SEBI may relax norms for local mutual fund AMCs to manage offshore funds

Capital market regulator Securities & Exchange Board of India (SEBI) has proposed to relax existing norms to address the challenges faced by the local mutual fund managers in managing offshore pooled assets.

It has proposed that requirements for appointment of separate fund manager, replication of portfolio and the criteria of 20 investors with no single investor holding more than 25 per cent in the fund may not be applicable to funds managed/advised with respect to two of the three categories of foreign portfolio investors (FPI).

Category I FPIs include government and government related entities such as sovereign funds and Category II FPIs include both broad based entities such as foreign mutual funds, investments trusts, etc. as also persons such as portfolio managers, investment managers, asset management companies, banks, etc.

The third category of FPIs who are likely to remain outside the purview of the relaxed norms include foreign investors such as endowments, charitable societies, charitable trusts, foundations, corporate bodies, trusts, individuals and family offices.

The existing regulation allows an Asset Management Company (AMC) to undertake business activity of management and advisory of offshore pooled assets/fund. For managing an offshore fund it is allowed to appoint the same fund manager who is managing domestic scheme, only if, the investment objective and asset allocation of domestic scheme and offshore fund are same and the portfolio is replicated (at least 70 per cent) in both the funds managed by that fund manager; otherwise, a separate fund manager is required to be appointed for managing/advising an offshore fund.

Further, norms mandate that such offshore fund has to be a broad based fund—i.e. the fund has at least 20 investors and no single investor accounts for more than 25 per cent of the corpus of the fund.

Earlier AMCs were allowed to undertake management and advisory activities for various verticals such as mutual funds, pooled assets including offshore funds, PMS, advisory services, etc.

However, in order to address the conflicts that were arising among these verticals, in 2011, AMCs, whose primary activity is to manage mutual funds, were mandated to restrict its other activities in two buckets: management of funds of other broad-based entities and other activities like PMS and advisory services, while meeting separate regulatory requirements for each of these buckets.

Currently, just a small proportion of Foreign Portfolio Investors (FPI) investment is being managed/advised by Indian mutual fund AMCs.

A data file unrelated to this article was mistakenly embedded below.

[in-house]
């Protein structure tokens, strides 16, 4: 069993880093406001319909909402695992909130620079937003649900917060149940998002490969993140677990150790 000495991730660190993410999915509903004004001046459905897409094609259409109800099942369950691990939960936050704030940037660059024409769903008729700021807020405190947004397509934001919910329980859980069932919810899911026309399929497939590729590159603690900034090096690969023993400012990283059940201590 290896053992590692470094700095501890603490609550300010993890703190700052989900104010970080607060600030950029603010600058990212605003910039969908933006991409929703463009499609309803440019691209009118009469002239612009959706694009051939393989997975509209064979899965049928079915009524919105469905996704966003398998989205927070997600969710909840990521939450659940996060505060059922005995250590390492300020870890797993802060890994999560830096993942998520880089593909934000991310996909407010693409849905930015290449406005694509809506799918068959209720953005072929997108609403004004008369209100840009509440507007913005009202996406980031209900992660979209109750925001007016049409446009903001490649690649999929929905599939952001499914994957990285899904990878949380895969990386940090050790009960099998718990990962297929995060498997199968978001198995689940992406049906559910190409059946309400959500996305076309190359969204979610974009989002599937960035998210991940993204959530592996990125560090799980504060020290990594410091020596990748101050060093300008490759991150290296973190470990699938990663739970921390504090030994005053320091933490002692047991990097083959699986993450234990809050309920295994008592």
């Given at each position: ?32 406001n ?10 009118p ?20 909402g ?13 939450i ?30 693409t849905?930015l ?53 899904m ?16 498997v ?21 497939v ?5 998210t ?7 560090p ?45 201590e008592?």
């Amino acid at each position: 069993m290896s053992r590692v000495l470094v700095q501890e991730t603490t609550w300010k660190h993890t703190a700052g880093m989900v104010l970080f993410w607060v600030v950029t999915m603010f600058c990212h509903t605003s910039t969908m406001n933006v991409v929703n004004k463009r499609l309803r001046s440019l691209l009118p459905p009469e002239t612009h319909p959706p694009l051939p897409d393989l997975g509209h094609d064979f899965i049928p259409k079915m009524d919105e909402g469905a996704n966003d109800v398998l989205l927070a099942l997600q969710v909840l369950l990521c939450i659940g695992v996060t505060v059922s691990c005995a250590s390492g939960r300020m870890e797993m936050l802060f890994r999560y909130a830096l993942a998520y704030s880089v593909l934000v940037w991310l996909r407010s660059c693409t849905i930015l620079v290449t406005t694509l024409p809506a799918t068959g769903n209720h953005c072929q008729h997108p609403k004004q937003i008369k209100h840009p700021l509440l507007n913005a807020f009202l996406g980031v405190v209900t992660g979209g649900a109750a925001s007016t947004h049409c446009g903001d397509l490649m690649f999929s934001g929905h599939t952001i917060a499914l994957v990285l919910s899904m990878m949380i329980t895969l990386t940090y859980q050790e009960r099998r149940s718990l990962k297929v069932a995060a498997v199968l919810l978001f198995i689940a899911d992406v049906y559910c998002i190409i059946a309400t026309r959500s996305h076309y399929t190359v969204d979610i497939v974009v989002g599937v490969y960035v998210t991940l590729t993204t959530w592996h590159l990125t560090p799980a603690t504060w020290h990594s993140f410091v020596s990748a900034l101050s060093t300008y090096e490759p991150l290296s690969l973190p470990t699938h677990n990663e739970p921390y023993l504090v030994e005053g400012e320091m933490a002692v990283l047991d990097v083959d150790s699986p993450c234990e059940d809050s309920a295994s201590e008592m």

According to industry players, one of the problems have been the restrictive clauses including the need to have a separate fund manager as prospective FPIs prefer that the investment team or the fund manager who is managing domestic mutual fund scheme should manage/advise their capital too.

In addition, regulatory requirements of the jurisdictions governing offshore funds have some constraints which may not be applicable to domestic mutual fund schemes or vice versa. For instance, UCITS compliant funds have a restriction in terms of total cumulative exposure to the top 10 companies in the portfolio. This is not applicable to domestic mutual fund schemes and thereby acts as constraint in achieving replication of portfolio.

Local fund managers also say replication of portfolio also becomes difficult to achieve as the investment objective, investment strategy and the benchmark for each of the funds, including offshore funds, managed by local fund managers, are different. For instance, majority of offshore funds follow MSCI India Index as their benchmark while none of the local funds follow MSCI India Index.

Further, restriction that domestic mutual fund managers can only manage offshore pooled assets/funds which satisfy the criteria of broad base, i.e. at least 20 investors with no single investor holding more than 25 per cent of corpus of the fund, makes FPIs ineligible as under SEBI (Foreign Portfolio Investors) Regulations, 2014 (FPI Regulations), broad base means at least 20 investors with no single investor holding more than 49 per cent in the pooled fund. Further, under FPI Regulations, broad based can also be achieved on a look-through basis.

SEBI has floated a draft note and has sought feedback on the proposal to relax the norms on or before February 2, 2015.

(Edited by Joby Puthuparampil Johnson)

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